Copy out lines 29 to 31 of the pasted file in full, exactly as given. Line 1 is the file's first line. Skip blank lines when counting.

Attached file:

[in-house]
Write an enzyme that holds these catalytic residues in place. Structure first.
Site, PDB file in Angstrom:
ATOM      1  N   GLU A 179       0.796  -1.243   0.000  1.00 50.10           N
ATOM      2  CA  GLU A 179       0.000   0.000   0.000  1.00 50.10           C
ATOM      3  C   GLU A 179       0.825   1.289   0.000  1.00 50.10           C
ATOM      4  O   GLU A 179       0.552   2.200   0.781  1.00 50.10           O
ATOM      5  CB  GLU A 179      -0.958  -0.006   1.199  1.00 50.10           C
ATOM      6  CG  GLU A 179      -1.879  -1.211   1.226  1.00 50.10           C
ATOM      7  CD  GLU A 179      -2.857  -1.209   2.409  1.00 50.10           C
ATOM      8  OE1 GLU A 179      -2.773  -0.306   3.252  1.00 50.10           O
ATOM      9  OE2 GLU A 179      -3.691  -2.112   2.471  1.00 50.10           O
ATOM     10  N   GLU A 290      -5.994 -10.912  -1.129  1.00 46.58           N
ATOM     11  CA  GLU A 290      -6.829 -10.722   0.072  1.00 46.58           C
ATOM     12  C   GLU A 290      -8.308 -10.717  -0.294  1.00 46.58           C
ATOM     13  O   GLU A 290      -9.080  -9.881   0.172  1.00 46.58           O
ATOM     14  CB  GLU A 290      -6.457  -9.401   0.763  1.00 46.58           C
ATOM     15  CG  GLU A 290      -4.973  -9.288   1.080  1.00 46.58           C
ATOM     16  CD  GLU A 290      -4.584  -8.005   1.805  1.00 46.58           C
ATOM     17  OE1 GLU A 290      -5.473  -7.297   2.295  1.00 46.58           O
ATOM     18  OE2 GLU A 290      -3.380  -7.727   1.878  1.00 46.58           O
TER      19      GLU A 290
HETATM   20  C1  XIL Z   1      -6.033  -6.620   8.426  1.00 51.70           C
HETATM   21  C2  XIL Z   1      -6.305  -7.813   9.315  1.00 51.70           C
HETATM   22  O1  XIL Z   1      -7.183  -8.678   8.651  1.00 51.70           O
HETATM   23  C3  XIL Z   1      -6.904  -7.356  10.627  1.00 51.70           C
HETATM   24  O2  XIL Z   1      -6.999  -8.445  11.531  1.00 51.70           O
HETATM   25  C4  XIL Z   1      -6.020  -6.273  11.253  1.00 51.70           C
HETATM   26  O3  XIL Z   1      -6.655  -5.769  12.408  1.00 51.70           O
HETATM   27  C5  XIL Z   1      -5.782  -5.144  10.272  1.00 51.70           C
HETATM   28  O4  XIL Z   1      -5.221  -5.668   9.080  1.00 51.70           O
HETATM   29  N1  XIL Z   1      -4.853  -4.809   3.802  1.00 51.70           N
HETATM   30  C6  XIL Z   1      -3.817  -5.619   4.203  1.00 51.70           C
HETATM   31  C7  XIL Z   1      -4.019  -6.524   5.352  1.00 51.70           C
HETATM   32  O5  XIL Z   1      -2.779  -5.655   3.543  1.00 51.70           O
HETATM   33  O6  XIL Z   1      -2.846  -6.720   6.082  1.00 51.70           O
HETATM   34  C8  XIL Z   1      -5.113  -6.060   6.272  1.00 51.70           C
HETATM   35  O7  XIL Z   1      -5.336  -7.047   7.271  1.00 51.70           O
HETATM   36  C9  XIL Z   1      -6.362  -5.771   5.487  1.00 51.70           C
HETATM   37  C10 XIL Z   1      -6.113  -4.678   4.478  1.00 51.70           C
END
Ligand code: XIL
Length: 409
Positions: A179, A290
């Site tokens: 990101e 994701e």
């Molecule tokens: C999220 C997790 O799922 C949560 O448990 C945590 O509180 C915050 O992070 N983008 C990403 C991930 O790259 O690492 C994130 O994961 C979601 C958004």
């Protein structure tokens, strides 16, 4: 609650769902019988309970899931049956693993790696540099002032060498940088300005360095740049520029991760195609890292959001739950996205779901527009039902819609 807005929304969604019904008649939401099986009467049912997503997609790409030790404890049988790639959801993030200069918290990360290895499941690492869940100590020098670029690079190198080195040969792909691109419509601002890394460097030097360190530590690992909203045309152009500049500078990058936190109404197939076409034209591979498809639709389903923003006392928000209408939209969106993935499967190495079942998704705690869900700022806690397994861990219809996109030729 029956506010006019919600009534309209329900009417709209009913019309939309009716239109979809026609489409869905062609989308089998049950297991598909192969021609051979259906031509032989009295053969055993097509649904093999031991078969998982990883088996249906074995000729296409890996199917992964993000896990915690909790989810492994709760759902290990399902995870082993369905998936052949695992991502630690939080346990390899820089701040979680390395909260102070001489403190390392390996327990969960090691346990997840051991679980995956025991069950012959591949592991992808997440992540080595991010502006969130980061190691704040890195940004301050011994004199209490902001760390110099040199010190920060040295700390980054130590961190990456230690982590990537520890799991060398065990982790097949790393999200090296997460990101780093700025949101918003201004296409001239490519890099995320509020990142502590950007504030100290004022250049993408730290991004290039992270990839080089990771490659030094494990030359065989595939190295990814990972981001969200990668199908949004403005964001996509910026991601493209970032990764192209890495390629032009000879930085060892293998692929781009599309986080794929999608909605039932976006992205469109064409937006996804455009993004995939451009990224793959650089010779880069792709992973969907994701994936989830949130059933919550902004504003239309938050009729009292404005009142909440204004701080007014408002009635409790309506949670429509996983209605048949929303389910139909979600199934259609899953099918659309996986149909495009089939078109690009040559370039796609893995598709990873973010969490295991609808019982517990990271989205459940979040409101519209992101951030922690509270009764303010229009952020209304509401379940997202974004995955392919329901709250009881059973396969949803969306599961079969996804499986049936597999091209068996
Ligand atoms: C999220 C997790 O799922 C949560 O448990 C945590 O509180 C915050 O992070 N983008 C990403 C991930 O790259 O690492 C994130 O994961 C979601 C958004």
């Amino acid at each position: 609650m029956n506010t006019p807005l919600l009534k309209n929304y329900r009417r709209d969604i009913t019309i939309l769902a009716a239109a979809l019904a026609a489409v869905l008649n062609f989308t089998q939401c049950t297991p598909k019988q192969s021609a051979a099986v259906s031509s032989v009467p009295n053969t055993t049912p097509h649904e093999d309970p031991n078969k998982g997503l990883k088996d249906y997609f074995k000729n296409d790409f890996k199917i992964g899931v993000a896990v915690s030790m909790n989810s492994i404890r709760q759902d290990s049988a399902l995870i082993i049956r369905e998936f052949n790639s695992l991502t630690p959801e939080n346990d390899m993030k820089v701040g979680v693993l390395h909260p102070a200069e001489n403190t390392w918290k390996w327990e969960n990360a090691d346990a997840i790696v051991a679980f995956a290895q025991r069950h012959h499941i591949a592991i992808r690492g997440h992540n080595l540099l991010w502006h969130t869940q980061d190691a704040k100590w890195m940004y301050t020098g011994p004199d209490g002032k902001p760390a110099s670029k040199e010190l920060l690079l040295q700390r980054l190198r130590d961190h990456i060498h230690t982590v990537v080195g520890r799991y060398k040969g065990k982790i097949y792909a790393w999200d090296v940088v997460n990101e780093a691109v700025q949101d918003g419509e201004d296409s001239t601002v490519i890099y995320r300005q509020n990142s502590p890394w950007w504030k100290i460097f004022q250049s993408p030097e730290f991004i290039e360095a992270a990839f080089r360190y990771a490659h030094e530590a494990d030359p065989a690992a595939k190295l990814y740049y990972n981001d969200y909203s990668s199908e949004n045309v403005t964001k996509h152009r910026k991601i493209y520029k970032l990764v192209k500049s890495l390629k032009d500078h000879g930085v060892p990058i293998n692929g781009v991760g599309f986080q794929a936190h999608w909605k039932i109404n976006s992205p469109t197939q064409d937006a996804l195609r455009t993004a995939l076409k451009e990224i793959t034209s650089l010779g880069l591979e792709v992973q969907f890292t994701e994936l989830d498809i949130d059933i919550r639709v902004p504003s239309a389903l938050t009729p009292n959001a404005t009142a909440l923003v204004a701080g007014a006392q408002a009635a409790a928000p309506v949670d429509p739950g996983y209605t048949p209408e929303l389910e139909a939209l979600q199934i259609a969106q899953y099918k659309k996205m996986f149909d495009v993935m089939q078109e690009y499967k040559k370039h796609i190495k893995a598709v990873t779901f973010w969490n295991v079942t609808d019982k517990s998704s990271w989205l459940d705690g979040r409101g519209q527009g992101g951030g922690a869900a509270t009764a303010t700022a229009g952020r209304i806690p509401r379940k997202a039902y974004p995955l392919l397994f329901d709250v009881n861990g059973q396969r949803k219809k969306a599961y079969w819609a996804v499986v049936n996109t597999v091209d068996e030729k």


HETATM   26  O3  XIL Z   1      -6.655  -5.769  12.408  1.00 51.70           O
HETATM   27  C5  XIL Z   1      -5.782  -5.144  10.272  1.00 51.70           C
HETATM   28  O4  XIL Z   1      -5.221  -5.668   9.080  1.00 51.70           O